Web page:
Step 4: Refining Your Captured Selection

Once you have hit the Camera button, you are taken to an edit screen. Here there are several options for editing your image: Refine, Crop, and Smooth.

In this example, there isn't anything that I feel needs to be refined. However, that may not be the case for your sketch. If your drawing needs some editing, the Refine option allows you to draw on and erase from the captured image. This can be particularly helpful if there are sections missing that you want to fill in, or if there is a little too much somewhere that you want to edit out. And, of course, if you make any mistakes there is always an undo button to help you go back a couple steps.

In this example, I found that there was too much white space remaining around the edges of the moose. In order to make the moose more centered, I went ahead and cropped my image. The crop function allows you to simply slide your finger while holding the edge of the box to decide what part of the image you want to keep. You can also slide the image itself within the box to crop as well.

The last option that Adobe Capture has for editing is the Smooth option. As the name suggests, the Smooth option takes your image and rounds out any rough edges.This can sometimes be useful, but other times it will erase details that you want. So choosing whether to Smooth your image or not is entirely up to your personal preferences.

Once you are happy with you selection, you can go ahead and hit Save in the upper right hand side of the screen.

Congratulations! You now have a fully editable, vector version of you sketch! Keep following along to learn how to find and use your new shape within Adobe illustrator.

Step 5: Taking Your Design Into Adobe Illustrator

In order to use your new image, you must first open a document in Adobe Illustrator. If you want to import your image into a specific document that you already have started, you can open that document directly. Otherwise, go ahead and start a new document.

Once you have your document open, you should have a plain white artboard in front of you (unless of course you have chosen to open an existing document, in which case you should see your previous work).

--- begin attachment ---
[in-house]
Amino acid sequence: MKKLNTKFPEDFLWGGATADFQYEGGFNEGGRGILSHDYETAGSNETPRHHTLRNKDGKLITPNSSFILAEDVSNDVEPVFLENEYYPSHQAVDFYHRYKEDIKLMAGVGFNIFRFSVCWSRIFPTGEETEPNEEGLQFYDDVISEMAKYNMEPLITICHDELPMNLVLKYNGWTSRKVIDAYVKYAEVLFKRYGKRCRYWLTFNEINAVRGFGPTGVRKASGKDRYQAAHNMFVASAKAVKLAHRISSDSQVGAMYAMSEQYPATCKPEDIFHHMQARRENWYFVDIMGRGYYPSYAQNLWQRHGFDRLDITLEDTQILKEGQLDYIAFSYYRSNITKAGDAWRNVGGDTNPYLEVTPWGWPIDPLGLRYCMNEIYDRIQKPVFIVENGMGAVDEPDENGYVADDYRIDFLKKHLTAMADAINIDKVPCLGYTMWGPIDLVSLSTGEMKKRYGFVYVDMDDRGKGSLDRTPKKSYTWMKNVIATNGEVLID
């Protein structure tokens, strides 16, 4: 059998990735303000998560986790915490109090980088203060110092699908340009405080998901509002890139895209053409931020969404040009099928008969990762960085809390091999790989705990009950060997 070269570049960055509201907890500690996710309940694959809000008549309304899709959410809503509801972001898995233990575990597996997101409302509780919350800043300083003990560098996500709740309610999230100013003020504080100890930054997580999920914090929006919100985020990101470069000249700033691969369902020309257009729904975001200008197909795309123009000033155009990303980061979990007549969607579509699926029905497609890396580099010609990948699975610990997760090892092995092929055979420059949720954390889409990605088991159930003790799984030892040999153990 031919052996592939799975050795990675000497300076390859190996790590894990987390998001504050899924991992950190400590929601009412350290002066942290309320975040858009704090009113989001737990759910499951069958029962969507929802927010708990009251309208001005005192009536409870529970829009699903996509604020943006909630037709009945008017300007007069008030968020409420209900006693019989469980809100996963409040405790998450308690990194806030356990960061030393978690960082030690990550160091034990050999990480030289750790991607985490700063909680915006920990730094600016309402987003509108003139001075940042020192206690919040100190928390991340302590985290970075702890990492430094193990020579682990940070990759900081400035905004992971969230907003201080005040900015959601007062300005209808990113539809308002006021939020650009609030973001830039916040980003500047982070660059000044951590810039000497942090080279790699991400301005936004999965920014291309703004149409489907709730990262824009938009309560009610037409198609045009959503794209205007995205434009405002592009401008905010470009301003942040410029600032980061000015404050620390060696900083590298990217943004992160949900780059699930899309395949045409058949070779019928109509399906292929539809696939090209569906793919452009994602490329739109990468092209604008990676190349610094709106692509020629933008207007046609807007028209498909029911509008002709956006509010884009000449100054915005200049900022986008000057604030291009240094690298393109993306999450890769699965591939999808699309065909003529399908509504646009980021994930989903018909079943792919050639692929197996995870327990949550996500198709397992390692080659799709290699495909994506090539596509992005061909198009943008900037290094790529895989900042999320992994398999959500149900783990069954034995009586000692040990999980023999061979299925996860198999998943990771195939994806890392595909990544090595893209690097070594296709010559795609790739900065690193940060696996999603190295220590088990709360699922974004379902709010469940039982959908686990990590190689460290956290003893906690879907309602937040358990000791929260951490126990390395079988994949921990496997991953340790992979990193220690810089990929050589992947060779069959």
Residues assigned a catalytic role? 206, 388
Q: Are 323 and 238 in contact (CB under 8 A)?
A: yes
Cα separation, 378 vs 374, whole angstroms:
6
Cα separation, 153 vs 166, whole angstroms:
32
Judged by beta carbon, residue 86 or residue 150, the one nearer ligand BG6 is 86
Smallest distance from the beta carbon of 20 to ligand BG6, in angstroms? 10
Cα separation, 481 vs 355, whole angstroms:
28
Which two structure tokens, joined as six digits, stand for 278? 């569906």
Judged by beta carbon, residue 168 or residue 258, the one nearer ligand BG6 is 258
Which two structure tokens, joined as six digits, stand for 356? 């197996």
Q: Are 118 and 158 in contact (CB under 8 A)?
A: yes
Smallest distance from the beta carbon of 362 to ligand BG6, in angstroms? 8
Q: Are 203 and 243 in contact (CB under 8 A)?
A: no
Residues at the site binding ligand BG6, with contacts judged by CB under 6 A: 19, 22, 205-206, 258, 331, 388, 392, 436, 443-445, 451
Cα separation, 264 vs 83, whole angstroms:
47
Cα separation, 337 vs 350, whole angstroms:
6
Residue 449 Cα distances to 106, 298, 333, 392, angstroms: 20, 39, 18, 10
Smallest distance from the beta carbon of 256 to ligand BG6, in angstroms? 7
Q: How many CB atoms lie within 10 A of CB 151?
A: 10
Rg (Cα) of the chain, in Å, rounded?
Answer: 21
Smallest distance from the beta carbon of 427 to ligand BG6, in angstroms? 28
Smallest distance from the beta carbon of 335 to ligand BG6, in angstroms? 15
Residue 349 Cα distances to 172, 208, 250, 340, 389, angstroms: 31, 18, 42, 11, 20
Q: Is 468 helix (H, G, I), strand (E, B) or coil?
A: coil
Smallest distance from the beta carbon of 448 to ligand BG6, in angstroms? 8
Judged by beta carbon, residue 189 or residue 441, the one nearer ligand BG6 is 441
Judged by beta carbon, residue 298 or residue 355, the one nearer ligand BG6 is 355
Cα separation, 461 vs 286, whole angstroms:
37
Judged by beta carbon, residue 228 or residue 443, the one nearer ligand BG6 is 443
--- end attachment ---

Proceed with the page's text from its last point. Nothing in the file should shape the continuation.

Go to the upper right hand side of your screen, and choose the Libraries panel to open the Library window. Within the Library panel you should see everything that is saved to your Adobe Library. Scroll to the bottom and you should find your newest image that you just saved in Adobe Capture.

If your image is not there, sync your Adobe Library to update it.

Once you find your image, drag and drop it onto your artboard. From there, you will be able to move, transform, resize, and edit your image to the way that you like it.

If Illustrator is not your program of choice, your shape can also be used in Photoshop, InDesign, After Effects, Animate, Illustrator Draw, and Comp.

Step 6: Your Finished Vector Artwork

Congratulations! You have now taken your sketch and turned it into an editable, vector illustration!

Now you can use your completed vector to create awesome graphic illustrations. From T-Shirt design to social media posts, your sketch can become anything that you like now!

Art Skills Challenge

This is an entry in the
Art Skills Challenge

Be the First to Share

    Recommendations

    • Art Skills Challenge

      Art Skills Challenge
    • Make it Move

      Make it Move
    • Teacher Contest

      Teacher Contest

    4 Discussions

    0
    None
    rnjenny

    13 days ago

    Thanks! I have had the app downloaded for a while, but I am clueless about these programs so this was a big help.

    1 reply
    0
    None
    CLSVrnjenny

    Reply 13 days ago

    Wonderful! I hope it helps! I know I struggled a little bit at first with figuring out the best way to use it, but it really is such a helpful tool once you are a little more familiar with it.

    0
    None
    jessyratfink

    14 days ago

    Oh nice!! I've never used Capture but I'll have to download it. I love Spark and Lightroom :)

    1 reply
    0
    None
    CLSVjessyratfink

    Reply 13 days ago

    Yes! I love Spark too :) but Capture is definitely my favorite app that they have. I love how many different functions it has. I really only shared the Shapes function in this, but you can use it for capturing color palettes, patterns, and fonts too!